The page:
I do not see "not using list comprehensions" as a part of the answer to "how to handle exceptions in list comprehensions", but I guess you could reasonably see it as a possible consequence of "lexically IN the LC, it's not possible to handle exceptions", which is indeed the first part of the literal answer. – Alex Martelli Oct 6 '09 at 22:26
  • Can you catch an error in a generator expression or generator comprehension? – user5451396 Jul 5 '17 at 22:51
  • @AlexMartelli, would an except clause be that difficult to work into future python versions? [x[1] for x in list except IndexError pass]. Couldn't the interpreter create a temporary function to try x[1]? – alancalvitti Jun 17 '19 at 14:03
  • @Nathan, 1,2,3 above turn into tremendous headaches in functional data flows where 1. one wants typically to inline functions via lambdas; 2. alternative is using lots of nested for loops which violate functional paradigm and lead to error prone code; 3. often the errors are ad-hoc and latent complex datasets which are , as the latin word for data means, given, so cannot be easily prevented. – alancalvitti Jun 17 '19 at 14:06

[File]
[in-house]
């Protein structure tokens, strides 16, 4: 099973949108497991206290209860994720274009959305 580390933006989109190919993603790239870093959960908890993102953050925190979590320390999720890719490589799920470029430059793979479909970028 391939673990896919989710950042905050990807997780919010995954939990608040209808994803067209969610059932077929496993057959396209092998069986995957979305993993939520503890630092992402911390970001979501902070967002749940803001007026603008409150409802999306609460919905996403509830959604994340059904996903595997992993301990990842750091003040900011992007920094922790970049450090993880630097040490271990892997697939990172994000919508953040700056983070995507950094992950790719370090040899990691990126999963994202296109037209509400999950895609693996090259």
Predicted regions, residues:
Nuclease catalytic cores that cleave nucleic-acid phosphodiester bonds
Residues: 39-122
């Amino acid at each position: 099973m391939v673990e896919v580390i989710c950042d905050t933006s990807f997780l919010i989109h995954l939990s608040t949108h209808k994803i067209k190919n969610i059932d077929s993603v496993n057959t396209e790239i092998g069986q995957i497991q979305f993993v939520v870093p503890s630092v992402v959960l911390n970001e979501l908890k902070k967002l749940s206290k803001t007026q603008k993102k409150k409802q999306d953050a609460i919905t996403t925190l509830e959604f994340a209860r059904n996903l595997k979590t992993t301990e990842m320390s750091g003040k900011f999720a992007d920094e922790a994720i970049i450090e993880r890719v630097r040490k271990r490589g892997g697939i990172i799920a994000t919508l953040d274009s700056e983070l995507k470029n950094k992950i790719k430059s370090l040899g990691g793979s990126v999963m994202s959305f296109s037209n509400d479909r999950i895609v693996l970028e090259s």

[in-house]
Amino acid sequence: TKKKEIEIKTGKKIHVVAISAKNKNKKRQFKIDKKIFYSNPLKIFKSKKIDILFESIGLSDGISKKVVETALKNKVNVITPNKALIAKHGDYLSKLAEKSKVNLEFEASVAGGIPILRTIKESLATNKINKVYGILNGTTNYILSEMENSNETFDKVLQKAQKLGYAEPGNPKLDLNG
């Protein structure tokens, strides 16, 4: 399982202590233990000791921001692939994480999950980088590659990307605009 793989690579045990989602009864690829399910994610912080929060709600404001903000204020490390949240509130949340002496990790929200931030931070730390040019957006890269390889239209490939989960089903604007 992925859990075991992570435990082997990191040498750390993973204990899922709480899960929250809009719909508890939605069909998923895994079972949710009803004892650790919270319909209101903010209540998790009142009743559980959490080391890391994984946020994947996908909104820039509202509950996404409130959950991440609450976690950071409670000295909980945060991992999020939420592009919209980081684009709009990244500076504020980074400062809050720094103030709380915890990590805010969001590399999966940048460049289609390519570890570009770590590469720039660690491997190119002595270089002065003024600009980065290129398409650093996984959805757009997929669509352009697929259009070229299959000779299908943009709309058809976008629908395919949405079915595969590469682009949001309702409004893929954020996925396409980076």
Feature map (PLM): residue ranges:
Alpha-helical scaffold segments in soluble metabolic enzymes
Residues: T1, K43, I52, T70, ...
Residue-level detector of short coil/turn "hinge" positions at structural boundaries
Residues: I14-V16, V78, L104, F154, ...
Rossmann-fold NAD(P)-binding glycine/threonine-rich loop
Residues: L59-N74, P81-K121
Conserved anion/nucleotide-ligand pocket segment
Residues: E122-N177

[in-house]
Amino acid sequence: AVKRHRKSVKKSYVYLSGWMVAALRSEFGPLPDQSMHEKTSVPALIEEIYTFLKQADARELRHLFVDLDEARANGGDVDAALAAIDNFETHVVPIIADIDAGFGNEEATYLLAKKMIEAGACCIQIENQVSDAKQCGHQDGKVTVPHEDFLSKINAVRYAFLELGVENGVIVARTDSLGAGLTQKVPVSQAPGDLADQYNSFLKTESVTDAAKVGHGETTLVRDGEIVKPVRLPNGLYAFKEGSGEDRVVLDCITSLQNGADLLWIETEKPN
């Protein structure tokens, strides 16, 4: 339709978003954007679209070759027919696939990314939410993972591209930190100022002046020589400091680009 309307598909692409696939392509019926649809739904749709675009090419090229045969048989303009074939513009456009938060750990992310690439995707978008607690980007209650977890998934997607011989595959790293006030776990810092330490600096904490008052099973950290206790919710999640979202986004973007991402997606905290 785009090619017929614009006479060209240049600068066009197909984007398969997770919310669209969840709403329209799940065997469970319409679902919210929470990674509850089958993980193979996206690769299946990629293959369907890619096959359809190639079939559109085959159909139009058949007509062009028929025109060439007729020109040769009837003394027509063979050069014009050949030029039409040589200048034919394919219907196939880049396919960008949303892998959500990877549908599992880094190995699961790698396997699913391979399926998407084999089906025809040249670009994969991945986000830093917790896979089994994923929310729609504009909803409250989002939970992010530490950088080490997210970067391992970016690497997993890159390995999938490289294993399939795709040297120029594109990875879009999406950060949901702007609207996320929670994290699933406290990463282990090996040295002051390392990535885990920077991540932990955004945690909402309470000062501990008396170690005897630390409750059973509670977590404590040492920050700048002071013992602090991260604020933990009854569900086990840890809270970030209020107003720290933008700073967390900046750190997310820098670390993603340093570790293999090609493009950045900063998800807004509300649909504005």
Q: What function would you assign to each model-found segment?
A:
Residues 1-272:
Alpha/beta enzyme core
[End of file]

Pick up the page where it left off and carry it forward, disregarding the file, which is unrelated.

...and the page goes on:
I realize this question is quite old, but you can also create a general function to make this kind of thing easier:

def catch(func, handle=lambda e : e, *args, **kwargs):
        return func(*args, **kwargs)
    except Exception as e:
        return handle(e)

Then, in your comprehension:

eggs = (1,3,0,3,2)
[catch(lambda : 1/egg) for egg in eggs]
[1, 0, ('integer division or modulo by zero'), 0, 0]

You can of course make the default handle function whatever you want (say you'd rather return 'None' by default).

Hope this helps you or any future viewers of this question!

Note: in python 3, I would make the 'handle' argument keyword only, and put it at the end of the argument list. This would make actually passing arguments and such through catch much more natural.

  • 1
    extrememly useful, thanks. While I agree with the theoretical comments, this shows a practical approach to solving a problem I've had repeatedly. – Paul Mar 24 '16 at 13:07
  • 2
    Greate answer. One mod I'd suggest is passing args and kwargs through to handle as well. That way you could return say egg instead of a hardcoded 0, or an exception as you are doing. – Mad Physicist Sep 6 '16 at 14:59
  • 3
    You might also want the exception type as an optional argument (can exception types be parametrised?), so that unexpected exceptions are thrown upwards rather than ignoring all exceptions. – 00prometheus Nov 12 '17 at 15:09
  • @Bryan, can you provide code for "in python 3, I would make the 'handle' argument keyword only, and put it at the end of the argument list." tried placing handle after **kwarg and got a SyntaxError. Do you mean to dereference as kwargs.get('handle',e)? – alancalvitti Feb 12 '19 at 17:38

You can use